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Brother Cadfael's Penance (Brother Cadfael Mysteries) [Mass Market Paperback]

Ellis Peters
4.7 out of 5 stars  See all reviews (47 customer reviews)

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Editorial Reviews

From Publishers Weekly

In Brother Cadfael's 20th chronicle, Peters deftly binds the medieval monk's new adventure with family ties, moving from issues intensely public to problems determinedly private. Olivier de Bretagne, who (unknown to himself) is Brother Cadfael's son, has been taken prisoner during England's dynastic war between two grandchildren of William the Conqueror. Cadfael is determined to find Olivier, although to do so he must leave the monastery without his abbot's "leave or... blessing." The search begins badly when, at an unsuccessful peace conference, Yves Hugonin, Olivier's hot-headed brother-in-law, picks a fight with Brien de Soulis, a commander who may know where Olivier is held-but won't say. When Brien is found murdered, Yves is abducted by one who holds him responsible for the killing, and then Cadfael has two men to find. In the process, he delicately explores puzzles related to Brien's death and to shadowy deeds in the larger political scene. While Cadfael does his usual excellent sleuthing, Peters succeeds at an equally subtle game, demonstrating how personal devotion can turn to enmity-and how such enmity can be forestalled by justice and mercy. Mystery Guild selection.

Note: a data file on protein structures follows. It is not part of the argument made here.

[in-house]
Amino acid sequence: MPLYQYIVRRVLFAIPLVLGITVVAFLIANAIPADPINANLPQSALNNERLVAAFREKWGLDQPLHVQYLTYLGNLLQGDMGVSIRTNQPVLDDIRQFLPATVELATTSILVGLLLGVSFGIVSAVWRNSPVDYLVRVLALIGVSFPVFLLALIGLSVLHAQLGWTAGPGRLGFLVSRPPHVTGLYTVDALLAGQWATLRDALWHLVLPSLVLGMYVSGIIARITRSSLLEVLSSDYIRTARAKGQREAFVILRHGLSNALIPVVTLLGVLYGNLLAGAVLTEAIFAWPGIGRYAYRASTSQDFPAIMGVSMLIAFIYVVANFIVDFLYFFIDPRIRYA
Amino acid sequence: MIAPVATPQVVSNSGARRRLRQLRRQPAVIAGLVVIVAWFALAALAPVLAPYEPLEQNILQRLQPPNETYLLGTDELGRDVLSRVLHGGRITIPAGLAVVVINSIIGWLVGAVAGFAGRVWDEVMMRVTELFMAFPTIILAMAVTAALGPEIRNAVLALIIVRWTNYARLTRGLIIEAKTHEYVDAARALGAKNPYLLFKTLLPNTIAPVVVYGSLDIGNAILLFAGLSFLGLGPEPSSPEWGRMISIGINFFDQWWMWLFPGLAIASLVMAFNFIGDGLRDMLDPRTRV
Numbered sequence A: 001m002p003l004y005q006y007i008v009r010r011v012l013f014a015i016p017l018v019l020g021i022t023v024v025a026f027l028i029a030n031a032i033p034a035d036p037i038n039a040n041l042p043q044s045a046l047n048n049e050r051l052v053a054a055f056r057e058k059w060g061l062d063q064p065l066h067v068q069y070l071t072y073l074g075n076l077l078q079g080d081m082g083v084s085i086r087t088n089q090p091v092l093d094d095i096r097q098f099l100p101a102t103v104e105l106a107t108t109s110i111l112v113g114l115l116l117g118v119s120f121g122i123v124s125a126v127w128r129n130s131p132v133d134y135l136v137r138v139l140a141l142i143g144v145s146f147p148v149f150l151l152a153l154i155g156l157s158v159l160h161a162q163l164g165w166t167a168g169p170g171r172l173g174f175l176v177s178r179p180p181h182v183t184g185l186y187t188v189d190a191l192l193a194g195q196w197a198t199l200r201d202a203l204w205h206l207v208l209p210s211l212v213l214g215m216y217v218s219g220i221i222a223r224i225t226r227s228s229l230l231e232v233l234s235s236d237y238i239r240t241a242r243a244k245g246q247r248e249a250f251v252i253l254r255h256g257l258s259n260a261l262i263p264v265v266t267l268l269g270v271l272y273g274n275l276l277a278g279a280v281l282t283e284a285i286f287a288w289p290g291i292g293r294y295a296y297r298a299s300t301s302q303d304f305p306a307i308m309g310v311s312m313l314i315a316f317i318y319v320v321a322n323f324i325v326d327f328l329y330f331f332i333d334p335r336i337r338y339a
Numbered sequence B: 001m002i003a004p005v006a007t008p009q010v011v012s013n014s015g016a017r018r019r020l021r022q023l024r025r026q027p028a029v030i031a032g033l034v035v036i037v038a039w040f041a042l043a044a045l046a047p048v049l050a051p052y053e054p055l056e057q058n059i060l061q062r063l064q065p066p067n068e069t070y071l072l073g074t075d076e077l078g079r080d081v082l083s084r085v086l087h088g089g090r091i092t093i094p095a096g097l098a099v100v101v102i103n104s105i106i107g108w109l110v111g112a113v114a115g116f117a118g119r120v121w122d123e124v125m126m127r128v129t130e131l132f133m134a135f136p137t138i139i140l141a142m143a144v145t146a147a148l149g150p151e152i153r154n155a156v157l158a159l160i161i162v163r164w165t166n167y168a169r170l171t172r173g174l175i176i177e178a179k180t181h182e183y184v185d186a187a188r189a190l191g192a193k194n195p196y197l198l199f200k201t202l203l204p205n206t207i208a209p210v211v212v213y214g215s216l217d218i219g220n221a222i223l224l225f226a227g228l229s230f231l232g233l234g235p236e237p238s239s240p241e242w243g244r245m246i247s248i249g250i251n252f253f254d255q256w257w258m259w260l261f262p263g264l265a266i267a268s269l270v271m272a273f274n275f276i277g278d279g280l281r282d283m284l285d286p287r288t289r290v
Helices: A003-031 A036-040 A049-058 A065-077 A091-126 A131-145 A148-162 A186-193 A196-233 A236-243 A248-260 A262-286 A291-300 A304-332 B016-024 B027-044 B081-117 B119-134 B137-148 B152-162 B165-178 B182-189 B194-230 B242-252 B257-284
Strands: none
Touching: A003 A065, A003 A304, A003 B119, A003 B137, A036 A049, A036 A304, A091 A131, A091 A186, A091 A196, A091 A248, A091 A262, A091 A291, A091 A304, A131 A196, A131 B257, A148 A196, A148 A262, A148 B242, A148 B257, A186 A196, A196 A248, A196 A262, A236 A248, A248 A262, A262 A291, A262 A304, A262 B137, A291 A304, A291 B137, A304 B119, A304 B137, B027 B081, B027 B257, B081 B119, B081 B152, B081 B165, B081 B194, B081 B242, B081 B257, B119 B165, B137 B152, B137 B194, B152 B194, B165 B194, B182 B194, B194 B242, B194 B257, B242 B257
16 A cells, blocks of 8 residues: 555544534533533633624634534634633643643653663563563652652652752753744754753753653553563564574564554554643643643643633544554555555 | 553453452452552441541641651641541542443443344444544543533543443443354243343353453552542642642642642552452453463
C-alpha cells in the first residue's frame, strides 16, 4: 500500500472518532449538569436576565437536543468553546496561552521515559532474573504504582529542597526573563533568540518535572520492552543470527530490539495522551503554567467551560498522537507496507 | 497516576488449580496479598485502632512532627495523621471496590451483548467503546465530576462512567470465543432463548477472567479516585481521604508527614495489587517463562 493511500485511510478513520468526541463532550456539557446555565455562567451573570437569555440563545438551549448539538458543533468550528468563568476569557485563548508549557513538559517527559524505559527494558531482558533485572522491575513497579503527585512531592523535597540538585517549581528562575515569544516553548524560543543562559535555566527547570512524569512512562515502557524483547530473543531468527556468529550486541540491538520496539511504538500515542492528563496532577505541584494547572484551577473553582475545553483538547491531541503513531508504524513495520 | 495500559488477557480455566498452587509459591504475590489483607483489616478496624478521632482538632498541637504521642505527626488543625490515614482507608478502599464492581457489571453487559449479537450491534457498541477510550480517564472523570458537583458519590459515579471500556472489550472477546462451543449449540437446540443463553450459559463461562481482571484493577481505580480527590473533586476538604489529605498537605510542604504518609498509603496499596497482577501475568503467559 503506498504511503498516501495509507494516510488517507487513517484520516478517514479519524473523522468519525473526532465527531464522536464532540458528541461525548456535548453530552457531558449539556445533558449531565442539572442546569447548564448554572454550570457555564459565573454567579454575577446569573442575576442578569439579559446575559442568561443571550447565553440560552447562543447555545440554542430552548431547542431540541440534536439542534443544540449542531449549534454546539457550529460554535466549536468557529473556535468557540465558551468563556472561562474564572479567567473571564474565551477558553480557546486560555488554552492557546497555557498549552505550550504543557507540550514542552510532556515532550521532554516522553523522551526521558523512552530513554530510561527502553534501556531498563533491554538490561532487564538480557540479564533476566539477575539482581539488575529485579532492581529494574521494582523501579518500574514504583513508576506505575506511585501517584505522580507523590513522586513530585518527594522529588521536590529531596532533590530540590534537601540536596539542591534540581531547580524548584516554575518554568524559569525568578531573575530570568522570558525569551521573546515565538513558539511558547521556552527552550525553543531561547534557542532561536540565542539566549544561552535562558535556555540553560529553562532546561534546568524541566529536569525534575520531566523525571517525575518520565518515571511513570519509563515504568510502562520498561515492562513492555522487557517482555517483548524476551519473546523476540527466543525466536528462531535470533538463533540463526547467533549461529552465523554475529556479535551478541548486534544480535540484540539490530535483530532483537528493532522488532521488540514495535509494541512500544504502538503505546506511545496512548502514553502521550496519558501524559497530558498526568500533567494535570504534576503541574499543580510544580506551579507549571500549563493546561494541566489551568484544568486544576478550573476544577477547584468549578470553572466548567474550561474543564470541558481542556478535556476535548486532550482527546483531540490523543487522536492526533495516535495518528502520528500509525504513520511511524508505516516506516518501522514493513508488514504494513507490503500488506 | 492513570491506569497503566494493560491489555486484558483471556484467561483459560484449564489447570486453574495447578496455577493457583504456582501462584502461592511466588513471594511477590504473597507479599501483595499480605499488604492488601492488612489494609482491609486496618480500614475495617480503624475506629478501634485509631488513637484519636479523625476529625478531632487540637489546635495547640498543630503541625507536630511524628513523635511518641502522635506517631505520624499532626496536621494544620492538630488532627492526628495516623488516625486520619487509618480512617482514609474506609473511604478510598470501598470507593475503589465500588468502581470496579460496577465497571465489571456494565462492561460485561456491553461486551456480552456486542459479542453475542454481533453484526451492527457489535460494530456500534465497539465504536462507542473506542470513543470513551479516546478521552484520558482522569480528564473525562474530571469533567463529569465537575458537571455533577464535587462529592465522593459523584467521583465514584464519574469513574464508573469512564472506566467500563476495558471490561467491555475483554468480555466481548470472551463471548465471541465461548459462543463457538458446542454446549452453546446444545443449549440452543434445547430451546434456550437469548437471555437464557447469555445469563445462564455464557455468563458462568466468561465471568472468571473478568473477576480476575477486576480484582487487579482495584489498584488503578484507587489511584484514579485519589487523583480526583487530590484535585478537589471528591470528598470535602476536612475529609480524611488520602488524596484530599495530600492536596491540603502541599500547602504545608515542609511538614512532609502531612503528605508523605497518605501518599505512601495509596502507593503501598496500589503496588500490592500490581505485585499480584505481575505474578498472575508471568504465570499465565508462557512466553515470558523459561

Copyright 1994 Reed Business Information, Inc. --This text refers to an out of print or unavailable edition of this title.

From Library Journal

Peters's last Brother Cadfael mystery, The Holy Thief (Mysterious Pr., 1993), sold nearly a third more than its predecessor, so Peters is clearly on a roll. In his 20th outing, Brother Cadfael decides to break his monastic vows in order to save his long-lost son.
Copyright 1994 Reed Business Information, Inc. --This text refers to an out of print or unavailable edition of this title.

From Booklist

Peters' twentieth tale in her popular Brother Cadfael series has the gentle monk leaving his cloister on a journey that will prove both dangerous and wrenching. In twelfth-century Britain, a rebellion has arisen, with factional fighting between the knights supporting Empress Maud and those swearing allegiance to her cousin Stephen. Philip FitzRobert, a traitor to the empress, has taken 30 hostages, among them a young man named Olivier de Bretagne, who is Cadfael's son from a chance encounter years earlier. Although Cadfael has lost track of the boy's mother, he's never forgotten his son, and once he finds out that Olivier has been spirited away and imprisoned, nothing--not even his vow of obedience to God and the abbot--can keep him from setting out to find the young man who has never known his true father. The quest becomes fraught with peril when Yves, Olivier's brother-in-law, is falsely accused of murder, and only Brother Cadfael can save him. Peters' graceful writing perfectly captures the spirit and ambience of early Britain. Intelligently written, the story is moving and suspenseful, with the intrepid and valiant Cadfael at his wise and gentle best. Emily Melton --This text refers to an out of print or unavailable edition of this title.

From Kirkus Reviews